Greak: Memories of Azur is a beautifully hand-drawn single player adventure developed by Navegante Entertainment, telling the story of three siblings fleeing their invaded homeland.
Greak‘s presentation is almost flawless. The hand-drawn environments and characters look like a meeting of Hollow Knight and Zelda, and it plays much like that combination would, too. Against the backdrop of a dark invasion, the titular Greak must find his siblings and escape their homeland by building an airship before it’s all too late.
Exploring the world requires alternation between each sibling, making use of a small array of unique abilities to overcome enemies and solve puzzles. It’s never particularly intricate stuff, but it’s usually satisfying enough. Greak himself is nimble and handy with a sword – to be honest I would have happily played an entire game that just built upon his combat and movement abilities like a Metroidvania.
But this is a game about siblings, and all three of them are playable – in fact, once you’ve “acquired” a new sibling, you’re basically in direct control of them all the time. One button “calls” the non-controlled siblings to your side, and another makes them mirror the actions you take – like running, jumping, or fighting. It is, however, a very simple solution to the problem of having three playable characters, and the “call” button really just does the basics. Siblings won’t even jump over obstacles by themselves.
This works fairly well in exploration and puzzles, which is what it really seems built for. It does take a little getting used to, and the “call” button’s inefficiency feels mildly frustrating from time to time, but overall it makes sense in Greak‘s puzzle sections. The same cannot be said for combat, which just feels like a bit of a mess using those same controls. Despite having entirely shared controls, Greak and his siblings have individual health pools and attack ranges. So you can’t just stick together and clobber your way out – you have to pay attention to a few too many things at once.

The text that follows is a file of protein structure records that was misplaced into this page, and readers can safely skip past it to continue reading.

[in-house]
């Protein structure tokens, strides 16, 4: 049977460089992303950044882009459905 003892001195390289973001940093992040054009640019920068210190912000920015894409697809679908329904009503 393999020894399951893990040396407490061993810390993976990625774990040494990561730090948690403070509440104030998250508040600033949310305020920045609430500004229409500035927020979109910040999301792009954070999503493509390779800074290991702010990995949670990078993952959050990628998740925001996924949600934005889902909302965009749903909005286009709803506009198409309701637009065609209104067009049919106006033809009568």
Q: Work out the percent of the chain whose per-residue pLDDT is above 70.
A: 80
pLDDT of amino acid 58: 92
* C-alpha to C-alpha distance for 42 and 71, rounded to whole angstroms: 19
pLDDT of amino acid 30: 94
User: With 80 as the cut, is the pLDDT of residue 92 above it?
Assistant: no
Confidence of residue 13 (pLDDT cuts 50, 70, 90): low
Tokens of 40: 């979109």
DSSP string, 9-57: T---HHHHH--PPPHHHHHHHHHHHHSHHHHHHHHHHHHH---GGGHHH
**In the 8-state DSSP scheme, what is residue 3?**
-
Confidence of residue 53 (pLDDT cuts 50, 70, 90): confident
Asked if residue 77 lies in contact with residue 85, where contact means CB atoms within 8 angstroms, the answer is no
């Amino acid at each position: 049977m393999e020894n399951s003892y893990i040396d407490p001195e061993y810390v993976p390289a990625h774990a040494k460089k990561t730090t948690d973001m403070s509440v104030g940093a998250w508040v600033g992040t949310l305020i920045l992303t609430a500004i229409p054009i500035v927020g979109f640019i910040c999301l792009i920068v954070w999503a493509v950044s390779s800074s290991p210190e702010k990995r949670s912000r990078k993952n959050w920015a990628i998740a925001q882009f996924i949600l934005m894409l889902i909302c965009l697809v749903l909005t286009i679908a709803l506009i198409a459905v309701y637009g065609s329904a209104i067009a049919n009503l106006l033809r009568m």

Healing is done by accessing a menu which doesn’t pause or slow combat, and if one sibling dies, it’s game over for the rest. If just one of these issues was present, it’d be a minor gripe, massively outweighed by all the blatant charm and atmosphere Greak: Memories of Azur exhibits at almost every turn. But altogether, they can massively disrupt the game’s flow, turning boss fights into dreaded moments for all the wrong reasons.
Outside of boss encounters, it’s usually okay – you pick up items and can take on sidequests to learn new fighting techniques, which give a little more depth to the characters on an individual basis. Controlling all three characters at once in combat never really hits a decent flow, though. It’s the quality of Greak‘s world, accompanied by a varied, incredibly apt orchestral soundtrack that makes it special. The puzzles are decent enough, the combat is fun in small bursts, but the world it all takes place in is incredible.
Greak‘s world is fleshed out with sidequests and a cooking system which sees you acquiring new ingredients from the environments you travail. While the path to your next objective is never hard to find; there’s plenty of reasons to venture off the beaten track. Even when exploration results in a (temporary) dead end, you’re treated to some beautiful artwork.
It’s hard to deny the amount of passion and creativity that must have been poured into Greak.
Greak: Memories of Azur overall thoughts
Greak: Memories of Azur is a charming adventure with a clumsy title and even clumsier combat. If you can find your way past the headache of fighting enemies with three controllable characters simultaneously, you’ll be rewarded with a rich, emotive story told through beautiful artwork and emotive music.
Unfortunately – for me, at least – the fiddly combat turns Greak into an experience I’m not desperate to recommend. It has a ton of artistic merit, and it’s worth getting to grips with the awkward nature of its battles, but not everyone is going to have the patience for it.